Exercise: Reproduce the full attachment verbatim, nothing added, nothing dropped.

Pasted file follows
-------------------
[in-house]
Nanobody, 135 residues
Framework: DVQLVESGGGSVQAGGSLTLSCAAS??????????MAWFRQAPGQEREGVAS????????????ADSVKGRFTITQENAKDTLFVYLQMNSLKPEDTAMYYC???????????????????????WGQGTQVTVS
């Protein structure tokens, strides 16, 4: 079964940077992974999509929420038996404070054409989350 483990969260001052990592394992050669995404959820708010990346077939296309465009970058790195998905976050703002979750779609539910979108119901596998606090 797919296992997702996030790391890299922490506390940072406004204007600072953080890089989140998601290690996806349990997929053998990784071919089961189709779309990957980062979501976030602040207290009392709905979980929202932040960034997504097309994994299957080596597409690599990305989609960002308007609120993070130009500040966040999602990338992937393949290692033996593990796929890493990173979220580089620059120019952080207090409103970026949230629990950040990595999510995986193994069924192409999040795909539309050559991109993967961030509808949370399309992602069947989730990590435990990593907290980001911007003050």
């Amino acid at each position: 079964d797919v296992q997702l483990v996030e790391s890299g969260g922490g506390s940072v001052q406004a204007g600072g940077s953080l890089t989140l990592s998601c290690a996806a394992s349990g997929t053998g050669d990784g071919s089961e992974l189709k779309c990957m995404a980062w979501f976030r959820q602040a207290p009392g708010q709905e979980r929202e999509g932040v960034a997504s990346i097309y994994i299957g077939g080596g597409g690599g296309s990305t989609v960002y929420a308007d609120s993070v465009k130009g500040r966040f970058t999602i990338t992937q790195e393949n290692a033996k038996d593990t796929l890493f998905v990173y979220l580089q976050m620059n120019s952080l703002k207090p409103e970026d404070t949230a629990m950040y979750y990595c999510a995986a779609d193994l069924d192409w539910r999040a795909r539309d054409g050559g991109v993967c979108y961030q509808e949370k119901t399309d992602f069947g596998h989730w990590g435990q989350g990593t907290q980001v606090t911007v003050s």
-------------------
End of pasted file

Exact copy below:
[in-house]
Nanobody, 135 residues
Framework: DVQLVESGGGSVQAGGSLTLSCAAS??????????MAWFRQAPGQEREGVAS????????????ADSVKGRFTITQENAKDTLFVYLQMNSLKPEDTAMYYC???????????????????????WGQGTQVTVS
């Protein structure tokens, strides 16, 4: 079964940077992974999509929420038996404070054409989350 483990969260001052990592394992050669995404959820708010990346077939296309465009970058790195998905976050703002979750779609539910979108119901596998606090 797919296992997702996030790391890299922490506390940072406004204007600072953080890089989140998601290690996806349990997929053998990784071919089961189709779309990957980062979501976030602040207290009392709905979980929202932040960034997504097309994994299957080596597409690599990305989609960002308007609120993070130009500040966040999602990338992937393949290692033996593990796929890493990173979220580089620059120019952080207090409103970026949230629990950040990595999510995986193994069924192409999040795909539309050559991109993967961030509808949370399309992602069947989730990590435990990593907290980001911007003050």
């Amino acid at each position: 079964d797919v296992q997702l483990v996030e790391s890299g969260g922490g506390s940072v001052q406004a204007g600072g940077s953080l890089t989140l990592s998601c290690a996806a394992s349990g997929t053998g050669d990784g071919s089961e992974l189709k779309c990957m995404a980062w979501f976030r959820q602040a207290p009392g708010q709905e979980r929202e999509g932040v960034a997504s990346i097309y994994i299957g077939g080596g597409g690599g296309s990305t989609v960002y929420a308007d609120s993070v465009k130009g500040r966040f970058t999602i990338t992937q790195e393949n290692a033996k038996d593990t796929l890493f998905v990173y979220l580089q976050m620059n120019s952080l703002k207090p409103e970026d404070t949230a629990m950040y979750y990595c999510a995986a779609d193994l069924d192409w539910r999040a795909r539309d054409g050559g991109v993967c979108y961030q509808e949370k119901t399309d992602f069947g596998h989730w990590g435990q989350g990593t907290q980001v606090t911007v003050s």